“Moderna” sues “Pfizer” and “Biontech” – stole their patent for the COVID vaccine

US technology company Moderna said it has filed a lawsuit against rivals Pfizer and Biontech for patent infringement in the development of the first COVID-19 vaccine approved in the United States.

The lawsuits were filed in U.S. District Court in Massachusetts and in the District Court in Düsseldorf, Germany, and place the beginning of a clash between the leading manufacturers of Covid-19 vaccines, which are a key tool in the fight against the disease.

The American technology company claims that Pfizer and Biotentech copied technology it developed years before the pandemic.

“We are filing these lawsuits to protect the innovative mRNA technology platform we pioneered. We invested billions of dollars in its creation and patented it in the decade leading up to the COVID-19 pandemic,” said Moderna CEO Stefan Bansel.

Moderna believes that Pfizer and Biontec’s Covid-19 vaccine” infringes Moderna’s patents filed between 2010 and 2016, which encompass Moderna’s foundational mRNA technology, the company said in a statement.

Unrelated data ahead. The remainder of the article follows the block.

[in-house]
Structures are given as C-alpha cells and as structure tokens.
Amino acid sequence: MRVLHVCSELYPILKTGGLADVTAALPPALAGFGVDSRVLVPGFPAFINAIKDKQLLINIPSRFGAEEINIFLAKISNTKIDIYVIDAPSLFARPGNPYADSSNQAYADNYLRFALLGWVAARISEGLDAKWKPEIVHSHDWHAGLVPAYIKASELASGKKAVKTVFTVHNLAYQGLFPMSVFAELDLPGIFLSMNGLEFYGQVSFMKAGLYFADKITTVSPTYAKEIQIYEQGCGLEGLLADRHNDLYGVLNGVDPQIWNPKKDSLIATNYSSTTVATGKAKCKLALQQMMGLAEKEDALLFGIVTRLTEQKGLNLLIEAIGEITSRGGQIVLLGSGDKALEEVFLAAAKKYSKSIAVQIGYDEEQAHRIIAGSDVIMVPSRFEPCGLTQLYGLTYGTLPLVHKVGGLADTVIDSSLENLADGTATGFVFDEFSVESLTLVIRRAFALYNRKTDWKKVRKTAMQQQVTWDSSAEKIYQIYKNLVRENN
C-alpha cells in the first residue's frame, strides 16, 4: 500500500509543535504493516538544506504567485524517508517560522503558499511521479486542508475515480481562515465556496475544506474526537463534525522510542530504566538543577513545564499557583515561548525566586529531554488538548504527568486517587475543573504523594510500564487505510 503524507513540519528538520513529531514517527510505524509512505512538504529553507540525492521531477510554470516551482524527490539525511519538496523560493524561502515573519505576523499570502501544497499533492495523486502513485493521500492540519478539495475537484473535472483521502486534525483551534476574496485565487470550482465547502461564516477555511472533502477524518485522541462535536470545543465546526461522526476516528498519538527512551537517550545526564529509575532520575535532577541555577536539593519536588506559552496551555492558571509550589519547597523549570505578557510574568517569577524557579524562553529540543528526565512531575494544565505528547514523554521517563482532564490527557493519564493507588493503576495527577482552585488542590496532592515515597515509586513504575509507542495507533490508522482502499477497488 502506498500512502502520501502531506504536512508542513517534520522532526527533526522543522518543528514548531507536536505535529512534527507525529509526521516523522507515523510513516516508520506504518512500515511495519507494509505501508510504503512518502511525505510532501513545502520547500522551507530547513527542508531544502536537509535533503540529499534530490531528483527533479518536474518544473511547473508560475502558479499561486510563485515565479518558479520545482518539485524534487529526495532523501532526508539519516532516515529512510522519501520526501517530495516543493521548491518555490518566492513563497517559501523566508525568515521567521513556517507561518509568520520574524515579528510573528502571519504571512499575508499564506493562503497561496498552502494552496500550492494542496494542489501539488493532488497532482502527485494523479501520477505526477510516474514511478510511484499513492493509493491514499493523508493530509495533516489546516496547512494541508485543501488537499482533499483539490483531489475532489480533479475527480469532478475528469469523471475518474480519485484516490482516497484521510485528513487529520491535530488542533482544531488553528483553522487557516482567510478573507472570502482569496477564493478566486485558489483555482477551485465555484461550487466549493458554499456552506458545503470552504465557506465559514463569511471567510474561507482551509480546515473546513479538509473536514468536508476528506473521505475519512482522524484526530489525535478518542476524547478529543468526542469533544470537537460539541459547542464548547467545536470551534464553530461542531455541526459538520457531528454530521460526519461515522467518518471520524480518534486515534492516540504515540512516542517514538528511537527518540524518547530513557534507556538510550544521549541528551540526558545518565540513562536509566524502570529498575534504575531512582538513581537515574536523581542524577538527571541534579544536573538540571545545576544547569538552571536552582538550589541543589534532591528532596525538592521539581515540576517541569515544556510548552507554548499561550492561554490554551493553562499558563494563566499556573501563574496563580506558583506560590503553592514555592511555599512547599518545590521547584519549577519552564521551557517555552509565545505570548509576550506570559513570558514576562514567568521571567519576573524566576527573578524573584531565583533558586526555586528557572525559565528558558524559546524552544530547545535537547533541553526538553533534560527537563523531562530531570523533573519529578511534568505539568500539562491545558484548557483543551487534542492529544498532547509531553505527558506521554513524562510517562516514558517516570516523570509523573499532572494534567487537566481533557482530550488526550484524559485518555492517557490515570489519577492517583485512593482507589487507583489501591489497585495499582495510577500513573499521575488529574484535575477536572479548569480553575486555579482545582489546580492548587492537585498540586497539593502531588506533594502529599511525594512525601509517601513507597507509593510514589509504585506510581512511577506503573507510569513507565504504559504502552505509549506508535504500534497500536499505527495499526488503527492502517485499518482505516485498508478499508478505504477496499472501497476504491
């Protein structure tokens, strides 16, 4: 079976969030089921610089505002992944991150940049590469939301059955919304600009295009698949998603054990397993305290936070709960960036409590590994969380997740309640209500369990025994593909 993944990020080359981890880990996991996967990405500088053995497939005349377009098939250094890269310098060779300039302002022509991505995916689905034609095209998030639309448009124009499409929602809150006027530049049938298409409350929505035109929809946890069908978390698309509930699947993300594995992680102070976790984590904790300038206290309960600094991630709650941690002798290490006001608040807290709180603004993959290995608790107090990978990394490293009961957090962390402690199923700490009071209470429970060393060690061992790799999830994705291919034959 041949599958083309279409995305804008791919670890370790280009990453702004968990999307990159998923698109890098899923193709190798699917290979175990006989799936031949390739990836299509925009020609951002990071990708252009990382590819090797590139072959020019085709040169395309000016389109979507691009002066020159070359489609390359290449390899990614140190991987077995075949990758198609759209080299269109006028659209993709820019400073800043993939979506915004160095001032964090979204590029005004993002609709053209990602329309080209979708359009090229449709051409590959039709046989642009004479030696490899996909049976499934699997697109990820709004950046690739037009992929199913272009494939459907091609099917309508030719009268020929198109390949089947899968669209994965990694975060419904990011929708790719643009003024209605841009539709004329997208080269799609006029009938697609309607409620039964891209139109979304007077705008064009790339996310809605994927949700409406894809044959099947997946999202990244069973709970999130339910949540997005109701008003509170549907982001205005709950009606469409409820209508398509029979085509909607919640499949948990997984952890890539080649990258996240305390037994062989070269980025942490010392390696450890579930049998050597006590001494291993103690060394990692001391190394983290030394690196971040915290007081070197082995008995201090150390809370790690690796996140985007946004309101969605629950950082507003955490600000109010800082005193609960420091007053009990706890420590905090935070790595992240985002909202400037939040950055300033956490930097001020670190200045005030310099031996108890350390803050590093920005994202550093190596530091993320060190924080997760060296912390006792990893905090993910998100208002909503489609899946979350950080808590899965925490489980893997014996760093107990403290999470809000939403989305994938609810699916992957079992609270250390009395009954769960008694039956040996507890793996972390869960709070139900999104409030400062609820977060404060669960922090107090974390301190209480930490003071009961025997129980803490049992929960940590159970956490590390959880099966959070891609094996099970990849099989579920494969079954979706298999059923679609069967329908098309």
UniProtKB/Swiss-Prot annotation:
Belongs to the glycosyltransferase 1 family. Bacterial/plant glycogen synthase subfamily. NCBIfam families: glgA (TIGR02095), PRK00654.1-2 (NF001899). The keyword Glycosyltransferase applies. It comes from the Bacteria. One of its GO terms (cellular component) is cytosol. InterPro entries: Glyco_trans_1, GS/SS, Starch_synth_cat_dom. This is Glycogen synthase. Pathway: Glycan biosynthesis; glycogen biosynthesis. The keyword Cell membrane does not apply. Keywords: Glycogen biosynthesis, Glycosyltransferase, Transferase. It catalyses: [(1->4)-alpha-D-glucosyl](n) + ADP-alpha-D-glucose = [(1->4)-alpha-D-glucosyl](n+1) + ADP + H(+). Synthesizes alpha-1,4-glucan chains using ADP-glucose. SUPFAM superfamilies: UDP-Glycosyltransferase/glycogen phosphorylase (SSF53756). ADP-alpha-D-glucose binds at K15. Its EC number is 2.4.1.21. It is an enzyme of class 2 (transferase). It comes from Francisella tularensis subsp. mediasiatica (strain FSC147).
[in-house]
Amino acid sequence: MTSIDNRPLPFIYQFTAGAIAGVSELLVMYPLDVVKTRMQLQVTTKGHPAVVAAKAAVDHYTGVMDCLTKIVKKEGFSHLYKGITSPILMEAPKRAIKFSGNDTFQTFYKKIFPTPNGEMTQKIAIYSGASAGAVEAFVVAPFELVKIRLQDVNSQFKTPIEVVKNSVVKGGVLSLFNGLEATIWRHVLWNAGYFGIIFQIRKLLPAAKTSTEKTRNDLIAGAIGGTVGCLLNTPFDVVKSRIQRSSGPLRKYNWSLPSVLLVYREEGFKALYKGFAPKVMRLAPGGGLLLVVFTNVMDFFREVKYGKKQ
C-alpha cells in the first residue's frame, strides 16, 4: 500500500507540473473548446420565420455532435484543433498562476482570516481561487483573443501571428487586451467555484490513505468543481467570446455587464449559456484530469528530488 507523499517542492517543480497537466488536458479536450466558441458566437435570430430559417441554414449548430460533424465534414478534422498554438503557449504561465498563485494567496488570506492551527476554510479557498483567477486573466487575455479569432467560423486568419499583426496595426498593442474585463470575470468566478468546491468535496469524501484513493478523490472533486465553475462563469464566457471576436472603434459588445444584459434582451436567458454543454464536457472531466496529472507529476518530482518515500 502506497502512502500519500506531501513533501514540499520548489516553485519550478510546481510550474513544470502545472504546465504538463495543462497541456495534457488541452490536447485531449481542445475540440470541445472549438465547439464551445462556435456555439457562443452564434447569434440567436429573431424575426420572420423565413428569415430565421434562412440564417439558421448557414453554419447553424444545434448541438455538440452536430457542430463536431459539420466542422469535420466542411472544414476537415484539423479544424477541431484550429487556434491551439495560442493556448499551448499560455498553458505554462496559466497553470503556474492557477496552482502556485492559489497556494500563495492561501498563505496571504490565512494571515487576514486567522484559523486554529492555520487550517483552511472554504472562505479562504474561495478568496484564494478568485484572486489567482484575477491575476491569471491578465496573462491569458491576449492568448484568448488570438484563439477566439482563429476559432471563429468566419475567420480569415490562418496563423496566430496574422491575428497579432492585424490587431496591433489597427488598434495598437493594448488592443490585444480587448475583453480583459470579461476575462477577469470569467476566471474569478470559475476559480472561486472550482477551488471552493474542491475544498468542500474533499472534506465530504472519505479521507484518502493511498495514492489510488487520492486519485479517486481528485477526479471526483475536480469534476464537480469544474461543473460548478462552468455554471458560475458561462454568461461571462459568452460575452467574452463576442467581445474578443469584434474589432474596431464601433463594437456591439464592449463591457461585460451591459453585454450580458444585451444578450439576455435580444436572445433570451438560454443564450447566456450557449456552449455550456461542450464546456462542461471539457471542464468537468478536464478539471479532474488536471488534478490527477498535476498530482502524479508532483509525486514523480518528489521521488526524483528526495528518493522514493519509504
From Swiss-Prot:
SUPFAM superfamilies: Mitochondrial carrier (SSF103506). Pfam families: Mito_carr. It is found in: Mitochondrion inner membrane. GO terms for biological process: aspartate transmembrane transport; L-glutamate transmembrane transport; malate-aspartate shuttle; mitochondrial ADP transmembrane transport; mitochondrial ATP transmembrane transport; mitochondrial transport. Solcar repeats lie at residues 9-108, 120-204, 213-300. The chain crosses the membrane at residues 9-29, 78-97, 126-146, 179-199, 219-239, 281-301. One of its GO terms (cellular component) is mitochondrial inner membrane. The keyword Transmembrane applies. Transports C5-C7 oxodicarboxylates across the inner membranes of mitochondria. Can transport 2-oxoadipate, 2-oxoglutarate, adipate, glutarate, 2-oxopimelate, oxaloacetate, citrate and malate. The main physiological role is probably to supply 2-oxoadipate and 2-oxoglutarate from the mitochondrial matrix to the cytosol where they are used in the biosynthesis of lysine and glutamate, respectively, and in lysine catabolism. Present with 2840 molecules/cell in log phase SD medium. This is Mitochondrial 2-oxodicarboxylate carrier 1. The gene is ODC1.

“This innovative technology was critical to the development of Moderna’s proprietary Covid-19 mRNA vaccine, Spikevax. Pfizer and Biontech copied this technology, without Moderna’s permission, to make Komirnati” , adds “Modern”.

The American company, which is based in Cambridge, Massachusetts, pioneered the technology to create the messenger RNA (mRNA) vaccine that was created at the turn of the century. Its presence enabled the unprecedented speed in the development of the vaccine against COVID-19.

mRNA vaccines have been the most successful of all the products created in the past two years to prevent coronavirus infection. They are produced in billions of doses.

The mRNA technology used in Moderna’s and Pfizer-Biontech’s injections differs from that in traditional vaccines, which rely on injecting weakened or dead forms of the virus so the immune system can recognize it and build antibodies.

mRNA vaccines use messenger RNA encoding one or more antigens to create immunity against pathogens containing those antigens. When this RNA enters the body’s cells, it is translated into a specific protein that triggers an immune response, i.e. acts as an antigen.

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